The fastest check-out lines are the ones at the store that makes sure that enough cash registers are staffed to keep their customers from waiting.
/one of the reasons I shop at my local co-op grocery
The line that I am not in, usually. I pick the shortest line, where the people have the fewest items, then get stuck with a glacially slow checker who has to stop everything to make a cash drop, and customers ahead of me who require price checks and need to dig for exact change, or write out a check which they do not even start on until everything has been rung up.
One potato… two potatoes…
I refuse to use the fastest line, which is the do-it-yourselfer. If everybody used that, the store could just lay off all the cashiers, and then we can do their work for free. I’m okay with spending an extra 30 seconds - my life isn’t so intensely structured that I’ll get fired or something.
Take ten seconds to walk down the aisles and eyeball what people are buying.
Your best bet isn’t the shortest line, it’s the one with the most people with the fewest things. A single person with a cart piled with stuff will take much longer than five people carrying baskets with a few items apiece.
And this is why I use the self-scanner at Stop N Shop and check out my own groceries, scan the barcode at the special express checkout lane, pay and get-the-fuck-outta-there.
I had noted that the local K-mart had probably 20 registers, but never had more than 2 open, no matter how many people were in line. I realized that you saved a few cents shopping there, but you would always pay with your time instead. I stopped shopping there.
You can do all the math and logic you want but it won’t help. You will get behind someone who has money problems, or the insane food stamps system, or a mis-priced item. I give up, pick a line and read boing-boing on the phone.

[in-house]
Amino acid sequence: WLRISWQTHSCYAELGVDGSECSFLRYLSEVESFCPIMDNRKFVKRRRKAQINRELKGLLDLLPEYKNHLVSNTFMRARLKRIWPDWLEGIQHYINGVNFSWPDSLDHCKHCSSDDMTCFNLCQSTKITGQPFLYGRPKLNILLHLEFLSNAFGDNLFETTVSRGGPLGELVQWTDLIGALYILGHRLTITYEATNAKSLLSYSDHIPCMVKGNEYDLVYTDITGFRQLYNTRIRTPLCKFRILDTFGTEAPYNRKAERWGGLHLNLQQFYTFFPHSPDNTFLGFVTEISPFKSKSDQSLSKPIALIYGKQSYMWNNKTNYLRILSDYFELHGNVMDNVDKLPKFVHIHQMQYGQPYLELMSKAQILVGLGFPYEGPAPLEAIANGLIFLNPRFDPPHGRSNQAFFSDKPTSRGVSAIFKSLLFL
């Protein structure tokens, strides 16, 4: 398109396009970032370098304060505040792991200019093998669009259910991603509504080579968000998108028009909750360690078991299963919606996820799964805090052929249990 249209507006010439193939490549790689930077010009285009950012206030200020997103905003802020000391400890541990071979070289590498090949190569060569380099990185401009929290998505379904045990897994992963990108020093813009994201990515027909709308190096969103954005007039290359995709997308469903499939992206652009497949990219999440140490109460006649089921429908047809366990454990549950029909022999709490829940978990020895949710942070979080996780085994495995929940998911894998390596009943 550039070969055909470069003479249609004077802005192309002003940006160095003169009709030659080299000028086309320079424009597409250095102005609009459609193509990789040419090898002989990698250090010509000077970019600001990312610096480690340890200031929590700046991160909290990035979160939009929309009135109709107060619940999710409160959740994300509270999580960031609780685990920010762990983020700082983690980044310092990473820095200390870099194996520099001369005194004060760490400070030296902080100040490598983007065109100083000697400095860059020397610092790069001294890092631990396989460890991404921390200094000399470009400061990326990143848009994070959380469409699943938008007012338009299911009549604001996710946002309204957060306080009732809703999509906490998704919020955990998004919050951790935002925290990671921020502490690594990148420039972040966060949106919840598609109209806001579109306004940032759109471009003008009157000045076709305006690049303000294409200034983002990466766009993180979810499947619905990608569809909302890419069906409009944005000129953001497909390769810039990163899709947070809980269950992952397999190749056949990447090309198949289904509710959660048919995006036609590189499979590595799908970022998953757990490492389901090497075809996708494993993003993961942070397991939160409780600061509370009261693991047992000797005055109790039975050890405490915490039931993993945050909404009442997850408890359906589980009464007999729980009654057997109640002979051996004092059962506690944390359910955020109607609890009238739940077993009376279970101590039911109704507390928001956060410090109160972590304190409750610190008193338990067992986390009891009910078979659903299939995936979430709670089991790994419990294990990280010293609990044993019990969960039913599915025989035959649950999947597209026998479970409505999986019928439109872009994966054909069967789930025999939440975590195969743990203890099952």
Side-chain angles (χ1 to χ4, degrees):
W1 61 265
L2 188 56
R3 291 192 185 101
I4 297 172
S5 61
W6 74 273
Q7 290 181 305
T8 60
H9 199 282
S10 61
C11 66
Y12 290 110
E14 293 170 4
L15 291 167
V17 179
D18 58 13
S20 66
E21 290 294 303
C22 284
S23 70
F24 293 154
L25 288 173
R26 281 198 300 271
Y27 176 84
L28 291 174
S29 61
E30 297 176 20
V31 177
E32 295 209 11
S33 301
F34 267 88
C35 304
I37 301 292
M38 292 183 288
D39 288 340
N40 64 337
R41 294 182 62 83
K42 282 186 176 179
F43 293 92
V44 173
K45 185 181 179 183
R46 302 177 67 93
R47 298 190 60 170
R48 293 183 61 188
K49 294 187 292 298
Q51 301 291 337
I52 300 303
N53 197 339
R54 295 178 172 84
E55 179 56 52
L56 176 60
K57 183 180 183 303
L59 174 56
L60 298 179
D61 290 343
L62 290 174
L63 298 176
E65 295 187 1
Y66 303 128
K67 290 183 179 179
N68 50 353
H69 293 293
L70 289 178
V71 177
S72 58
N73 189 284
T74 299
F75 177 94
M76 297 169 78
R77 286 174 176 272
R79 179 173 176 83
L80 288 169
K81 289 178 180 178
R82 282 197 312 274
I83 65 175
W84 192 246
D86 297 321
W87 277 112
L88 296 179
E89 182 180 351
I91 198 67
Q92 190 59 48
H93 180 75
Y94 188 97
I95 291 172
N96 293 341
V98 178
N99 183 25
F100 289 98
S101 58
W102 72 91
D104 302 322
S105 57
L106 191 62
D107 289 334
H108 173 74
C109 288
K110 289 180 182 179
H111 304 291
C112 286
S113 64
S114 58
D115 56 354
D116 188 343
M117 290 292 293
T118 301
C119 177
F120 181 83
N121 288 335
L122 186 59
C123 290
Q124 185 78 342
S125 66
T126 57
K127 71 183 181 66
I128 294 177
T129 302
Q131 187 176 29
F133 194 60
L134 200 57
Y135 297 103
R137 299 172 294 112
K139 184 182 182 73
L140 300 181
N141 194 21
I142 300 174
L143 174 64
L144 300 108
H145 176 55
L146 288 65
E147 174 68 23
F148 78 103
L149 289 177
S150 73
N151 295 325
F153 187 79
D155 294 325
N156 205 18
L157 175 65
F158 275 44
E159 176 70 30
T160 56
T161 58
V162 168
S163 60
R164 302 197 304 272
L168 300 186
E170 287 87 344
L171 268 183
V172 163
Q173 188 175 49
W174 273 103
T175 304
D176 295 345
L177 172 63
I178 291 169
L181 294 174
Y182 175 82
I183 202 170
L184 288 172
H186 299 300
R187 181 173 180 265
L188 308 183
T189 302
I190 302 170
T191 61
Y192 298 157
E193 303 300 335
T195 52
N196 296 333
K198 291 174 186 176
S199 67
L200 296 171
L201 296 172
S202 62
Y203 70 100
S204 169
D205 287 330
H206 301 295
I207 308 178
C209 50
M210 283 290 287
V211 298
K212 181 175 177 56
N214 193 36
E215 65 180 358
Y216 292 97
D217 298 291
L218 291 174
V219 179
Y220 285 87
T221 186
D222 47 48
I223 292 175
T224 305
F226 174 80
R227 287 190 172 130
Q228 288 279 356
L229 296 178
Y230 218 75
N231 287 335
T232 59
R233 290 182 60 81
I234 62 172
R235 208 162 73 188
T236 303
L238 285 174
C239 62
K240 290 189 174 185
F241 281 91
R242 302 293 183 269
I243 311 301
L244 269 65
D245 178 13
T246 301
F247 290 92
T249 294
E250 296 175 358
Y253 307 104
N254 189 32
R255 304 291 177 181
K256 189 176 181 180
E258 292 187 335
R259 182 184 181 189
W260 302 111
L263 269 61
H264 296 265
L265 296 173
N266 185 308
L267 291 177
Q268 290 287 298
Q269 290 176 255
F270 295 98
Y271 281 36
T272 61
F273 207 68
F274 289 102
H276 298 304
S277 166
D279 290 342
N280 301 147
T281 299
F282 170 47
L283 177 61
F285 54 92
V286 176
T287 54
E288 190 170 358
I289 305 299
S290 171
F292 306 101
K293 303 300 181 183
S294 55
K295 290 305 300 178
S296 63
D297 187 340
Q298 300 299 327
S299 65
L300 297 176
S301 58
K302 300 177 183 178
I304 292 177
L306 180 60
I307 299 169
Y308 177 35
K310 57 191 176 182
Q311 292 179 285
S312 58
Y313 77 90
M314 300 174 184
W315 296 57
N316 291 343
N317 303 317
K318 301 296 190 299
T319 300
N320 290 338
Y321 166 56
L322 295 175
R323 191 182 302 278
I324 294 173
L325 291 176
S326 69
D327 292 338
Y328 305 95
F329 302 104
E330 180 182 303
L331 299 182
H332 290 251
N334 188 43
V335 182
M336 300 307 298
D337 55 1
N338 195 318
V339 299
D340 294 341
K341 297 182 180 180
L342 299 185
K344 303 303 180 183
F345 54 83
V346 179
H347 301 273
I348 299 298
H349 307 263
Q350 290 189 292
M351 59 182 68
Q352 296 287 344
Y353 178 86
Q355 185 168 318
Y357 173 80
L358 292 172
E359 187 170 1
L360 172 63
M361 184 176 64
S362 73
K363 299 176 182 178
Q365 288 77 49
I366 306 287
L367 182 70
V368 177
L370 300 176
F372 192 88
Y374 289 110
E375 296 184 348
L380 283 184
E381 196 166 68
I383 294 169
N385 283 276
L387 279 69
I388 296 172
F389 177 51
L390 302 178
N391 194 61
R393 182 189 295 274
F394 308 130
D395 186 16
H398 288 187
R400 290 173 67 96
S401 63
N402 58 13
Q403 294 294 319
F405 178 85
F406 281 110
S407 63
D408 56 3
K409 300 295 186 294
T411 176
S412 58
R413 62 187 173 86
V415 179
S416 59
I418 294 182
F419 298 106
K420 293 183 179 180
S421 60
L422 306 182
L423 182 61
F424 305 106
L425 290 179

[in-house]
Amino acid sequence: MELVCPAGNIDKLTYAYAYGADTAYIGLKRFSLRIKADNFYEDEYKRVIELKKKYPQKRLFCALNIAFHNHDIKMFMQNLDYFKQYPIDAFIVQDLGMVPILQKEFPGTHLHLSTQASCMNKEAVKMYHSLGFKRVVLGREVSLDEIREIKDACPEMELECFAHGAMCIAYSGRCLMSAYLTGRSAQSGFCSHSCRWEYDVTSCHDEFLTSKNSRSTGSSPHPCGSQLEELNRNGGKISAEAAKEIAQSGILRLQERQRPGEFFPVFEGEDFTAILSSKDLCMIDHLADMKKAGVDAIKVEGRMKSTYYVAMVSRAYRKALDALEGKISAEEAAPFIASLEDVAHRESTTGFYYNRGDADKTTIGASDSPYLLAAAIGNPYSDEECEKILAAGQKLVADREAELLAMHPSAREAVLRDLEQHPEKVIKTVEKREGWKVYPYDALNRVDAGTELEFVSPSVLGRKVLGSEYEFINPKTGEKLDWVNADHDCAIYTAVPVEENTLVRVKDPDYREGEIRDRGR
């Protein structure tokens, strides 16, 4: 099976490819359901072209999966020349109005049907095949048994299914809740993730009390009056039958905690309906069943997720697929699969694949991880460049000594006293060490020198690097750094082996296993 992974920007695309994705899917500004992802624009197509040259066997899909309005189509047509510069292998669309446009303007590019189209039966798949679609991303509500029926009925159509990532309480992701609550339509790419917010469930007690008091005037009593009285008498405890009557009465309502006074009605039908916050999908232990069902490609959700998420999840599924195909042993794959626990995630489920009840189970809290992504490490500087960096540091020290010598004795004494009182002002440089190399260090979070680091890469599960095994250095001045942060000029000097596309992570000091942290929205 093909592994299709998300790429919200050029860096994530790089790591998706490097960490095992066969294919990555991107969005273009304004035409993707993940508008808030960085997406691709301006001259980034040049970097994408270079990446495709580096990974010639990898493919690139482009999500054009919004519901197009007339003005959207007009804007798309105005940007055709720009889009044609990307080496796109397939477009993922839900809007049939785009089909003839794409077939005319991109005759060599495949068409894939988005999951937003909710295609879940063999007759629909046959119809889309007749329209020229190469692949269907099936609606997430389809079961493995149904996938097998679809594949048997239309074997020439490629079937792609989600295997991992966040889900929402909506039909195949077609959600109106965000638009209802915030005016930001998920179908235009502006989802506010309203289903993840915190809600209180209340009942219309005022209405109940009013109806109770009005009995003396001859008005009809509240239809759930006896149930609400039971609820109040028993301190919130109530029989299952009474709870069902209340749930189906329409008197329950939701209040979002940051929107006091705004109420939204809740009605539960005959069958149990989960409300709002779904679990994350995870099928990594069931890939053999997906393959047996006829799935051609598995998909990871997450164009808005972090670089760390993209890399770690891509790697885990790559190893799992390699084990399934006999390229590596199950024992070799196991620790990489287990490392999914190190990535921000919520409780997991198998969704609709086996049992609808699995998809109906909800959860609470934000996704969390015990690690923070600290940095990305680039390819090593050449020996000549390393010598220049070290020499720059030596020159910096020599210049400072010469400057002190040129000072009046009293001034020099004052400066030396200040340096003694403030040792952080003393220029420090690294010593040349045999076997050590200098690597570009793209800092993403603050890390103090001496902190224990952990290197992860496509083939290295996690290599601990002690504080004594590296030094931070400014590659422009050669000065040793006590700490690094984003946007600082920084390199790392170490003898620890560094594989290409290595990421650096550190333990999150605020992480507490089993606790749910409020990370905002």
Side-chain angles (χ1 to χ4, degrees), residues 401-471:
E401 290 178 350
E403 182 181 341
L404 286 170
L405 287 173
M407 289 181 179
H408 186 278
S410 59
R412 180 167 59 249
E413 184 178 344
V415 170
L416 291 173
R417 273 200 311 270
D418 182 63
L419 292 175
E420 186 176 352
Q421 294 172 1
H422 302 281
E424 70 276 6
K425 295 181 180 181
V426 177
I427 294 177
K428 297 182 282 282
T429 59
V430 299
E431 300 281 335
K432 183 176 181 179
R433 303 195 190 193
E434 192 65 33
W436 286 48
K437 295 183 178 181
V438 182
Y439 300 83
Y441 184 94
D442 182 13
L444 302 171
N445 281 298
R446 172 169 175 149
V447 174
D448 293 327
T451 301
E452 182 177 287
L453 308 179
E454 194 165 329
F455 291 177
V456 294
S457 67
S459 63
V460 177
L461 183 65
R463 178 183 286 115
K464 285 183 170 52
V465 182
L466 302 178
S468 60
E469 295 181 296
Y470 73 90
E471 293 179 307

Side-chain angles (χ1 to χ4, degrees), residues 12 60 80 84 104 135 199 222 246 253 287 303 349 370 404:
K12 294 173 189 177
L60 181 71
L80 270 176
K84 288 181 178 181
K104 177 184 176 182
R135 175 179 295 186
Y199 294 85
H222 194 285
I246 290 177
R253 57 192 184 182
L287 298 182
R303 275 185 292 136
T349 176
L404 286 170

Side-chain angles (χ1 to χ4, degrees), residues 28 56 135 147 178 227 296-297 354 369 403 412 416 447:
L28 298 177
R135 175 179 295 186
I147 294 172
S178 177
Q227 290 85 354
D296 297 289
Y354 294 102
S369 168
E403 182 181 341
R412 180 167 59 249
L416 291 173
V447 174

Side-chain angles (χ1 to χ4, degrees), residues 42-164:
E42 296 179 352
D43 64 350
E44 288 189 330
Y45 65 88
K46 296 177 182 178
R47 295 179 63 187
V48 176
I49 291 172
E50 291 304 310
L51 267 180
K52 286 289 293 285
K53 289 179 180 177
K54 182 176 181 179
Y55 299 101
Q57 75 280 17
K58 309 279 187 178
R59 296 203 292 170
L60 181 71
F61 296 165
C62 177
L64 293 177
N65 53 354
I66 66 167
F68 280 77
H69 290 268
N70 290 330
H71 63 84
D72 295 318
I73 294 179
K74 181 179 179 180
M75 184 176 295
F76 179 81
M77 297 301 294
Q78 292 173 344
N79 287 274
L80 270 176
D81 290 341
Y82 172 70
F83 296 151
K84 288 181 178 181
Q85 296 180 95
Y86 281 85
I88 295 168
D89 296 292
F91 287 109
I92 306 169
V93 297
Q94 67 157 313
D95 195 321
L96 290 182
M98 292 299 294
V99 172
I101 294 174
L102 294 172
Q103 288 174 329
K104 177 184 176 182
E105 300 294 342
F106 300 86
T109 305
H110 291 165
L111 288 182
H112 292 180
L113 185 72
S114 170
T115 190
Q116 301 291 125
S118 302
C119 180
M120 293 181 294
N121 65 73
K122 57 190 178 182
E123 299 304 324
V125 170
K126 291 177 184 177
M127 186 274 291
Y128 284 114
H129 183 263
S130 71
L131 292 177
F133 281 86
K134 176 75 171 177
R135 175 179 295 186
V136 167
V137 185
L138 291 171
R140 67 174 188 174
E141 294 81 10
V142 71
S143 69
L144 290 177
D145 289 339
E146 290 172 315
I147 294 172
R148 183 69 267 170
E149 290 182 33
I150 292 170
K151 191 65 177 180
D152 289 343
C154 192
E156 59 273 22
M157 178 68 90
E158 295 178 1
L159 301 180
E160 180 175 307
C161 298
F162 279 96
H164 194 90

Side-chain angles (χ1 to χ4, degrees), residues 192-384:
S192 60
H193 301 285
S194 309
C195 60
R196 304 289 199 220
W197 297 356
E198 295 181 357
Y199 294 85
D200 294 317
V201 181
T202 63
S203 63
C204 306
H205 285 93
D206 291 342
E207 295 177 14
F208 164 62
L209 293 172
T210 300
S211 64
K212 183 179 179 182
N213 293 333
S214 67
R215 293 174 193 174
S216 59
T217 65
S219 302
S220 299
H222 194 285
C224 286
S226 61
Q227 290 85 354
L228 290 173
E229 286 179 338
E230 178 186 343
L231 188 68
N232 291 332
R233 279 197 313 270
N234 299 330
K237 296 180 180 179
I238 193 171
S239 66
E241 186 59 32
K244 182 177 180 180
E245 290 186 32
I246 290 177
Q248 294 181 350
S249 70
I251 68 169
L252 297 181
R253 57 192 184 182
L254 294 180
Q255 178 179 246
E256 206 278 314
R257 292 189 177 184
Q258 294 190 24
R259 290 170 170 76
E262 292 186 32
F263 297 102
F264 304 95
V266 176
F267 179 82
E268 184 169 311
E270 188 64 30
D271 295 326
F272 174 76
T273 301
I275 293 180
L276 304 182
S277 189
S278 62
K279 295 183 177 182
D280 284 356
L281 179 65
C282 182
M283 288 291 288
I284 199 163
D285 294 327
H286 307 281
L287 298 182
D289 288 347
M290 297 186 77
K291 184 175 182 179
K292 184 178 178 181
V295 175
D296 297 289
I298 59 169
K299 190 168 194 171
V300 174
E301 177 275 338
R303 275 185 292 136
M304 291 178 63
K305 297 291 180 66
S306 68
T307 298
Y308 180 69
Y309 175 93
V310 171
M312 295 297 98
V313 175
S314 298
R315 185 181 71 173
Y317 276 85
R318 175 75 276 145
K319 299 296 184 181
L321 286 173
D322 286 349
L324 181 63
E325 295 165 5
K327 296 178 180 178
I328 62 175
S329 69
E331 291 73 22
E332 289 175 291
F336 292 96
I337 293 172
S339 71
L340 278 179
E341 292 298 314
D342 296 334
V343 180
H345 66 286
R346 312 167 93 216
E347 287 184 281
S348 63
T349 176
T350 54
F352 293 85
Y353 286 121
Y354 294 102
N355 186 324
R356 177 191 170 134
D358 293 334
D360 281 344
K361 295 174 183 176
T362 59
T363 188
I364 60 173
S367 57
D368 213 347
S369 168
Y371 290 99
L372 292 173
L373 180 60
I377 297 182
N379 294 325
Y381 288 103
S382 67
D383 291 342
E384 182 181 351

Apply zen theory to queuing theory, voila problem solved.
“What is eternity? You’re on the checkout line at a supermarket. There are seven people in front of you. They are all old. They all have two carts and coupons for every item. They are all paying by check. None of them have ID. It’s the checkout girl’s first day on the job. She doesn’t speak any English. Take away fifteen minutes from that, and you begin to get an idea of what eternity is.”
- Emo Philips
I spent several years working the checkout at Kmart in high school. They only opened more than two registers during evenings and weekends. The rest of the time, they kept spare employees busy stocking shelves, getting carts, working the stockroom, etc, and would call them up to open extra registers if anyone complained. Most people suffered in silence, so the lines got crazy. The secret was to go to the always-staffed jewelry counter, sporting goods, or electronics depts and check out there.
Eyeball what people are buying and the experience of the cashier. If you’re really in a hurry and need to quickly profile, avoid lines with moms and old people.
I’ve found those to be some of the slowest.
The cashier, if worth their salt, is more adept than you or me at scanning, since thanks to long repetitive hours are better at locating barcodes etc & faster at correcting errors encountered, something you or I generally can’t do at all.